Tolerance of religious customs is good etiquette, and if a little foot washing is all we have to put up with, what’s the big deal?

So my initial temptation is to consider hair and body washing in the same category, but this doesn’t appear to be a case of religious freedom this time.

So what part of the process exactly constitutes bad etiquette? Obviously the chance for making a big watery mess is higher (and that’s certainly bad etiquette), but if the area remains clean that’s not the issue.

Washing one’s hair/body might take a long time, so if sinks are in short supply that would be a concern, but it doesn’t seem to be the case here.

It it unhealthy, as S.E. seems to assume? I can’t imagine washing one’s sweaty body or hair is any less sanitary than washing one’s feces-laden hands, so I’m not convinced it’s bad etiquette from a health perspective.

So the real issue appears to be a general uncomfortableness with the presence of partially naked men at the sinks. One thought is that we should all just be less prudish about a little skin, but the fact is etiquette is all about not making other people uncomfortable, or at the very least balancing your own personal comfort with that of others. Now one important thing we need to think about are the alternatives.

Sweaty, stinky people at work

So the real question is, does the benefit of being clean and nice-smelling offset the discomfort caused by your half-naked presence in the bathroom? I think sometimes it probably does.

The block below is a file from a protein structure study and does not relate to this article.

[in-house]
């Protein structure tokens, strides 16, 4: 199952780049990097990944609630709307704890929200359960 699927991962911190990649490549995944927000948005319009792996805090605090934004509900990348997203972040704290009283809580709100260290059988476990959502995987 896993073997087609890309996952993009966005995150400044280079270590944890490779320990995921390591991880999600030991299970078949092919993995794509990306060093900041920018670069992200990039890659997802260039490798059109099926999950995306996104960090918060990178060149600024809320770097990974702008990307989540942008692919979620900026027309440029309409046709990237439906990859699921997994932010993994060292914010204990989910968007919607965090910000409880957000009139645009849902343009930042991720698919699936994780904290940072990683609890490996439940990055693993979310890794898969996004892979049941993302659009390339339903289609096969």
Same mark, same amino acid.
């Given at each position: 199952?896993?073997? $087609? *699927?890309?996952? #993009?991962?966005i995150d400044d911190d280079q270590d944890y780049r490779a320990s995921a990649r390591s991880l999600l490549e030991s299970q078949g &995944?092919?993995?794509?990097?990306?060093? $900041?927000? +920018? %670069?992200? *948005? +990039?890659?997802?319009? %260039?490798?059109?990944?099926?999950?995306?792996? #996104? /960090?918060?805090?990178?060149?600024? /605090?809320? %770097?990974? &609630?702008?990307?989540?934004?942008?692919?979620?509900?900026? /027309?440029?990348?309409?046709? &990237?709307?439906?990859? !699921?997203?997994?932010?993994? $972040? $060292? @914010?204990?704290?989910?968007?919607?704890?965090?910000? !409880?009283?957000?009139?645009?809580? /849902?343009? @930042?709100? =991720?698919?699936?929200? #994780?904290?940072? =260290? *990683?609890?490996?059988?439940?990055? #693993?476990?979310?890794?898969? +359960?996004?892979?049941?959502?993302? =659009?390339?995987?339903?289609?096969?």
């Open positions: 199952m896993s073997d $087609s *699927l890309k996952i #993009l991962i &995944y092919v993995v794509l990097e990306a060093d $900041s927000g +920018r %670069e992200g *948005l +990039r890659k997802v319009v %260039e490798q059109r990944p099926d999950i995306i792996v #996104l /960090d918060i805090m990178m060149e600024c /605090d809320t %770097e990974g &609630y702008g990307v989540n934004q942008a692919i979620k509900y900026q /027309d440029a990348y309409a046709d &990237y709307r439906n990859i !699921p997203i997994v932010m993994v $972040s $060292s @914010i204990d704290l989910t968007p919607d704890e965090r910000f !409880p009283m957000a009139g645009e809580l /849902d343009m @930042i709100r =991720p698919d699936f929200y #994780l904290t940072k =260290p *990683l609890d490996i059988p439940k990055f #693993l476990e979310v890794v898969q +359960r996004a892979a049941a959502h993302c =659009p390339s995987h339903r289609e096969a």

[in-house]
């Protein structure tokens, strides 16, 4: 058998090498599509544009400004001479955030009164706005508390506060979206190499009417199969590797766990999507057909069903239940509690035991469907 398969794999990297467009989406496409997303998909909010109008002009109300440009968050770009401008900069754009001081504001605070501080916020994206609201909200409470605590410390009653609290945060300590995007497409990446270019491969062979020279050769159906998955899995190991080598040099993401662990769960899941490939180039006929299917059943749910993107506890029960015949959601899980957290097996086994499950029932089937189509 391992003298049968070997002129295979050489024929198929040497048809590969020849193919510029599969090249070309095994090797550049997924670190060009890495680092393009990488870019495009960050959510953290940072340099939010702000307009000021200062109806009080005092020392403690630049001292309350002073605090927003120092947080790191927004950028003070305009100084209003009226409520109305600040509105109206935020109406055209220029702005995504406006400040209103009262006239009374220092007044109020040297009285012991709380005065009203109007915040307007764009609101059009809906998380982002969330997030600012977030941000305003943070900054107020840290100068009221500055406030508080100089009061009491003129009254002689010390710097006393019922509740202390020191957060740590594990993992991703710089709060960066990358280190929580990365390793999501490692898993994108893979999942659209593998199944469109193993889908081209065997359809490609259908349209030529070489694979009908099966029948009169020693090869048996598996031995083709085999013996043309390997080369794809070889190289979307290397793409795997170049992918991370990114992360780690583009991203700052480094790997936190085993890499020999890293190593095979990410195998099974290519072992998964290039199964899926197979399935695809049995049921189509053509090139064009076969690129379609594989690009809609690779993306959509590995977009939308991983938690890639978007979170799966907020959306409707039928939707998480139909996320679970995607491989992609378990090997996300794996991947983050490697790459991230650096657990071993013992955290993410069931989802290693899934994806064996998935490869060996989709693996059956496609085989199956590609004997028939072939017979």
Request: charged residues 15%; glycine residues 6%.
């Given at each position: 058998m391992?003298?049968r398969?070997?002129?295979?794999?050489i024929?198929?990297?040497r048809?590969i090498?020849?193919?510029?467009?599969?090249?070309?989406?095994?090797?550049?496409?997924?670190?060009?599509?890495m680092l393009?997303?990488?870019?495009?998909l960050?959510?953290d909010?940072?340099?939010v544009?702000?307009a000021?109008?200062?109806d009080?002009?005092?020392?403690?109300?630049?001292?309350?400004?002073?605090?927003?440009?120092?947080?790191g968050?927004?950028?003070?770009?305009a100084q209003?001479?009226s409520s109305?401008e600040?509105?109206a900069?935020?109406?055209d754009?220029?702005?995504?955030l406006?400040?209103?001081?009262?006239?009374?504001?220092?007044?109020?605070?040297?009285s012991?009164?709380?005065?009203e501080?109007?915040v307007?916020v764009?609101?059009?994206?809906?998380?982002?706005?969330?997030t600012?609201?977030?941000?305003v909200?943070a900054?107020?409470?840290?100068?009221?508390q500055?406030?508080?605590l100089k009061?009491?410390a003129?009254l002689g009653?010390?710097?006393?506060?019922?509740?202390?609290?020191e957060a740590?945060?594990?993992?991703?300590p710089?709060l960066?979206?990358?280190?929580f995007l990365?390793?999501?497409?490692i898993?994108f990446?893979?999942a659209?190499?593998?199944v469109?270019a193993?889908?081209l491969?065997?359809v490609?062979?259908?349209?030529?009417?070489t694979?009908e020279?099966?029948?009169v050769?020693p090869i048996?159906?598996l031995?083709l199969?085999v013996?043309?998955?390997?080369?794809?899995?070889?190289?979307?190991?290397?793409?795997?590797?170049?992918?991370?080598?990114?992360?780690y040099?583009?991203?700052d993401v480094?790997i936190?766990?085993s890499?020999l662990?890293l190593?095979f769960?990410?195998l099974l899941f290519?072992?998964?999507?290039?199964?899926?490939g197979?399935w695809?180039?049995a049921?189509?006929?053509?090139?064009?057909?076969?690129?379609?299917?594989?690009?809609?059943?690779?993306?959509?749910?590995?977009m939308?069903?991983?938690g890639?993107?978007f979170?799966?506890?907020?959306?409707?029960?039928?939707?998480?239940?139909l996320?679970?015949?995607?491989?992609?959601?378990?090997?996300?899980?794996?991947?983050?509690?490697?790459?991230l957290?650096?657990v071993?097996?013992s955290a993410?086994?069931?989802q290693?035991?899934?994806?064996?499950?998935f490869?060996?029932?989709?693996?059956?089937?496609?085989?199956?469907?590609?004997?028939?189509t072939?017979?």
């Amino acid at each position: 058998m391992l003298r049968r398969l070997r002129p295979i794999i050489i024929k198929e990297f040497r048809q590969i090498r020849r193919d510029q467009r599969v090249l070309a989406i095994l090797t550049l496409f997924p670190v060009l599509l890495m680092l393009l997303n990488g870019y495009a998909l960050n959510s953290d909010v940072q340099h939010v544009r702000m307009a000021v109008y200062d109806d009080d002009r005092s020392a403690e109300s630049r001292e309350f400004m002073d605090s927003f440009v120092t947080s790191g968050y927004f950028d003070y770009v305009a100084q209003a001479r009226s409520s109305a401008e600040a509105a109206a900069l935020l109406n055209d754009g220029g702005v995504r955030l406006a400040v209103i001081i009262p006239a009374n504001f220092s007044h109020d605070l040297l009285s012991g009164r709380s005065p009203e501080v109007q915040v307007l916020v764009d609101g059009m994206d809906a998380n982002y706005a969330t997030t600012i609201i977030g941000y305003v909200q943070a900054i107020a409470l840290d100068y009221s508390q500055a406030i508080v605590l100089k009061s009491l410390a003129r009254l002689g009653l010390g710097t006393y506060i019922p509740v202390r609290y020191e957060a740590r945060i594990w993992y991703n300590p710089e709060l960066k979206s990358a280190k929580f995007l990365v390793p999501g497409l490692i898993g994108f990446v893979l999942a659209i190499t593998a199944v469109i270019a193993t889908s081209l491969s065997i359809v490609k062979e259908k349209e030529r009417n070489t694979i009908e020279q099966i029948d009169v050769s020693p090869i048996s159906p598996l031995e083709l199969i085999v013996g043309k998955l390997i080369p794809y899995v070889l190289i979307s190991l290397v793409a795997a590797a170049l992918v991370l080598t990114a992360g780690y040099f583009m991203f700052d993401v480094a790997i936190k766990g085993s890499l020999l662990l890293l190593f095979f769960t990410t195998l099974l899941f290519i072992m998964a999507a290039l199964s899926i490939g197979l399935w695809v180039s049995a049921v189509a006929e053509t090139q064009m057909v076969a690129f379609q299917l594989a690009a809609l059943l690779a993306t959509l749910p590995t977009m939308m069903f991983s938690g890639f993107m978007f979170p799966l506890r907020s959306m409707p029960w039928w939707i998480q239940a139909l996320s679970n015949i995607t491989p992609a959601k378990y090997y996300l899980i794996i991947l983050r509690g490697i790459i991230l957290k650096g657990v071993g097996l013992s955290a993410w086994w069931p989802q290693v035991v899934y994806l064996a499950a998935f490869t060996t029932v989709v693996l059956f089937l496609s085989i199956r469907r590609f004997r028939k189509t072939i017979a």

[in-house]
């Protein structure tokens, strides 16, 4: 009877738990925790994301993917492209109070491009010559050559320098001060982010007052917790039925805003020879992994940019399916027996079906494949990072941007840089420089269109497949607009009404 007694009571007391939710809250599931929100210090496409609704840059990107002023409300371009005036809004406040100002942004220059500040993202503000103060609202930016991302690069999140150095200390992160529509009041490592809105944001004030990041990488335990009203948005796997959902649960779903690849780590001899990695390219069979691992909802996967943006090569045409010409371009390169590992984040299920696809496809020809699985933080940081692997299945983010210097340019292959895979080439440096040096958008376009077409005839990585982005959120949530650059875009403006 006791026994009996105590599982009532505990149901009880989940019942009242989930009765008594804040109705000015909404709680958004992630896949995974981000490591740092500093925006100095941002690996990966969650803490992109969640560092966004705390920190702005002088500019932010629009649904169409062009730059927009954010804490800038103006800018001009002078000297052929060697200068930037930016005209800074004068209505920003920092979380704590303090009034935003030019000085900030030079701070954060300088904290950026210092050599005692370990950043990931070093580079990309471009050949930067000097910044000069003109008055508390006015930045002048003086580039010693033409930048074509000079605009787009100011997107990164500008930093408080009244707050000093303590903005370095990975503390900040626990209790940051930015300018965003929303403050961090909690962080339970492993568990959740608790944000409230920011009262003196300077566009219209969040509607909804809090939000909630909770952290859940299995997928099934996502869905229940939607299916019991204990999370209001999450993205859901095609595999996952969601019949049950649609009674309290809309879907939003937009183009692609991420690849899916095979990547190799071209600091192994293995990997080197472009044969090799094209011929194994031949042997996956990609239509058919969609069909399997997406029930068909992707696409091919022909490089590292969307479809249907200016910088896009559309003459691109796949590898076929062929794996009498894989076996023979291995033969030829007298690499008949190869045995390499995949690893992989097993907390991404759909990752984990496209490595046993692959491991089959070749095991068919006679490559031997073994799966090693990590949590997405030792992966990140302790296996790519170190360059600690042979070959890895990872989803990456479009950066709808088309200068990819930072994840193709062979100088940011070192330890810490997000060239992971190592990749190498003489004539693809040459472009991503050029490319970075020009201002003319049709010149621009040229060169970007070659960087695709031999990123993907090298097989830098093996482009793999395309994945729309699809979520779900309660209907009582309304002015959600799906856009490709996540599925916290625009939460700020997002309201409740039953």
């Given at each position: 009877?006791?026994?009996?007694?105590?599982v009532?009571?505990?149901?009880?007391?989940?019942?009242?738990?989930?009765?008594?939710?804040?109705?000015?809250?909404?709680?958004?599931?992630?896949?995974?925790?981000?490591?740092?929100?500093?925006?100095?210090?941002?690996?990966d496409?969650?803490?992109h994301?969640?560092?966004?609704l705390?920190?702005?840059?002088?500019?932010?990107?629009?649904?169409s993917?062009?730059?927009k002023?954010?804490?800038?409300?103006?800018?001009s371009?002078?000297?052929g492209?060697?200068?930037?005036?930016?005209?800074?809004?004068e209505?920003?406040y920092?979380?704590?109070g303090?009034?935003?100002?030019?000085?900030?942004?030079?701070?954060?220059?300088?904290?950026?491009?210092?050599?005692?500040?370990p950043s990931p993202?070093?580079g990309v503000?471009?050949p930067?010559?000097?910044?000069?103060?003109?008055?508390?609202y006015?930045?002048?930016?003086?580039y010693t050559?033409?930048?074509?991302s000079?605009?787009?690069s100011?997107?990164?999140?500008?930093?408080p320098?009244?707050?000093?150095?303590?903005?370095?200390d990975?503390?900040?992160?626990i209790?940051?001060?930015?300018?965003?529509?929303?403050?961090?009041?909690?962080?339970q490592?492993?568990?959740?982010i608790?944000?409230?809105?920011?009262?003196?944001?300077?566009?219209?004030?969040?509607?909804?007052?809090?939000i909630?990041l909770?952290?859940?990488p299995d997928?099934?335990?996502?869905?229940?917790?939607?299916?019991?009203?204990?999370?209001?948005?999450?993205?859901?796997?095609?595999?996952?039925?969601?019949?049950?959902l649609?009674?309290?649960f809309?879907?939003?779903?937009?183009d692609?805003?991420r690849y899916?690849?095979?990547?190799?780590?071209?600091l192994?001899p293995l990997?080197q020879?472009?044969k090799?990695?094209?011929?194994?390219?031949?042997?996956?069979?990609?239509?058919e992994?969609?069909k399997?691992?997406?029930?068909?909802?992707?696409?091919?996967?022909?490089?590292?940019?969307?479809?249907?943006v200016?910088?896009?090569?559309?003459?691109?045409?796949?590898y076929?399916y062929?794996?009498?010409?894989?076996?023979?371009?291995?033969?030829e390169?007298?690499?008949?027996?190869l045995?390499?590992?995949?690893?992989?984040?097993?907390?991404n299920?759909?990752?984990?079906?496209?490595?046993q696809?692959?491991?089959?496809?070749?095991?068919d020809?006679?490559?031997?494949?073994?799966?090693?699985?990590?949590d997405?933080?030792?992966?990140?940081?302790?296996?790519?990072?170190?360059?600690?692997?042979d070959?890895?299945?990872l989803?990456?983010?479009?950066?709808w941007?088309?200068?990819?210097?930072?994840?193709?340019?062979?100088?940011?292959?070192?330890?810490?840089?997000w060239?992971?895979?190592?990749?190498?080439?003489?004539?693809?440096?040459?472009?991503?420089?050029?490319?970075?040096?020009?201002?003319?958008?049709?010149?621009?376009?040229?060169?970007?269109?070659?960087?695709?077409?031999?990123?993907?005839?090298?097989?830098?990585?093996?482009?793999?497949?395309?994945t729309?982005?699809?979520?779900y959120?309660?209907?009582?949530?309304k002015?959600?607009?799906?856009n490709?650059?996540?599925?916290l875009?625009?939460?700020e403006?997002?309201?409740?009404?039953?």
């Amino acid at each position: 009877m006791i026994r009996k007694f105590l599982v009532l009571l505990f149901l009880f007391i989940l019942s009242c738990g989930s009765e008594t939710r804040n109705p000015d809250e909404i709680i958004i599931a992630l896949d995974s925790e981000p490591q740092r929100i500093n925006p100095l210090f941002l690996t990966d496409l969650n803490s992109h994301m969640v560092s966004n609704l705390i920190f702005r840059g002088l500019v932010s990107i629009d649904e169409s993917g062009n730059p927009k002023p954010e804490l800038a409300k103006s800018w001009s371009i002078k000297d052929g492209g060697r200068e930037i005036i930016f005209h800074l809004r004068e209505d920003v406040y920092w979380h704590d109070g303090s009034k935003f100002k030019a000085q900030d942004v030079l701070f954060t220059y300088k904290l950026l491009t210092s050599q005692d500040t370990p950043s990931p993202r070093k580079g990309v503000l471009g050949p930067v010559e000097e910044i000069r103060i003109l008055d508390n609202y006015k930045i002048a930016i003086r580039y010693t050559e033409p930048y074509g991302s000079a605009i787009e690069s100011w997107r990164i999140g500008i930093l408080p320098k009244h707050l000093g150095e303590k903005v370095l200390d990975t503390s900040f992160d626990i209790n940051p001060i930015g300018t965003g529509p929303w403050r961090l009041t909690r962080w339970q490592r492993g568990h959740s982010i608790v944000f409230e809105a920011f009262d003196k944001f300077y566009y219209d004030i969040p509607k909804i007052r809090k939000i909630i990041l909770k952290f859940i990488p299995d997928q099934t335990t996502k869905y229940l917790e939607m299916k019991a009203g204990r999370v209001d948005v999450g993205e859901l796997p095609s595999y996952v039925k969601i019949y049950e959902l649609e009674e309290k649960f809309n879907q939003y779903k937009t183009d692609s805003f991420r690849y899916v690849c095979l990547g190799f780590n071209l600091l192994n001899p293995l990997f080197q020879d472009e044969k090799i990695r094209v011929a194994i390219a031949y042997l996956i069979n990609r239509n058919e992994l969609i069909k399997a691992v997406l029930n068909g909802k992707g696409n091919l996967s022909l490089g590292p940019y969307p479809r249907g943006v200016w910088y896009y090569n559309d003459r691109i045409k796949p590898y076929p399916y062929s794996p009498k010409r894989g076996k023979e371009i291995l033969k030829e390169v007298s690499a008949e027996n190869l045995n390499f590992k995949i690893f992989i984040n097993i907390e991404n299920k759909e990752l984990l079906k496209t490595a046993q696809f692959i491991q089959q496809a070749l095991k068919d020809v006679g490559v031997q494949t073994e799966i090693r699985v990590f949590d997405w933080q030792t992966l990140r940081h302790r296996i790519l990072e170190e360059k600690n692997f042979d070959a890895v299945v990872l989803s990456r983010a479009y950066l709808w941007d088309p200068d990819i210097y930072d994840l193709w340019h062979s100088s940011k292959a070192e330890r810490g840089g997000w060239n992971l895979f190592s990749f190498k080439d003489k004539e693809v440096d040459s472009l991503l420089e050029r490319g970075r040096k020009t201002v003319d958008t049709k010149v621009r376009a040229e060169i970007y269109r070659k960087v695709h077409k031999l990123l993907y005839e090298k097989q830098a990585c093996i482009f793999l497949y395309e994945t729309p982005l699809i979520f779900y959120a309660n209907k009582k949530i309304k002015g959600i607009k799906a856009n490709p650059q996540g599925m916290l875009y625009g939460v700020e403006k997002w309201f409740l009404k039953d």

Of course the ideal solution is to find some nearby showers or to have one installed, but this is the real world and ideal solutions don’t happen that often.

February 2, 2011   No Comments

Urinals at The Elms

If you’re ever in Newport, you can visit some historical mansions. And if you visit The Elms, then you can take a gander at these fantastic urinals:

Now generally speaking, bad urinal etiquette aside I’m a fan of urinals. They are more efficient than toilets in terms of space occupied, time taken and water used. But urinals like those pictured here – yikes! Why don’t you just go ahead and stand in the middle of the room and pee in a cup? I’d get a serious case of shy bladder trying to empty into one of those…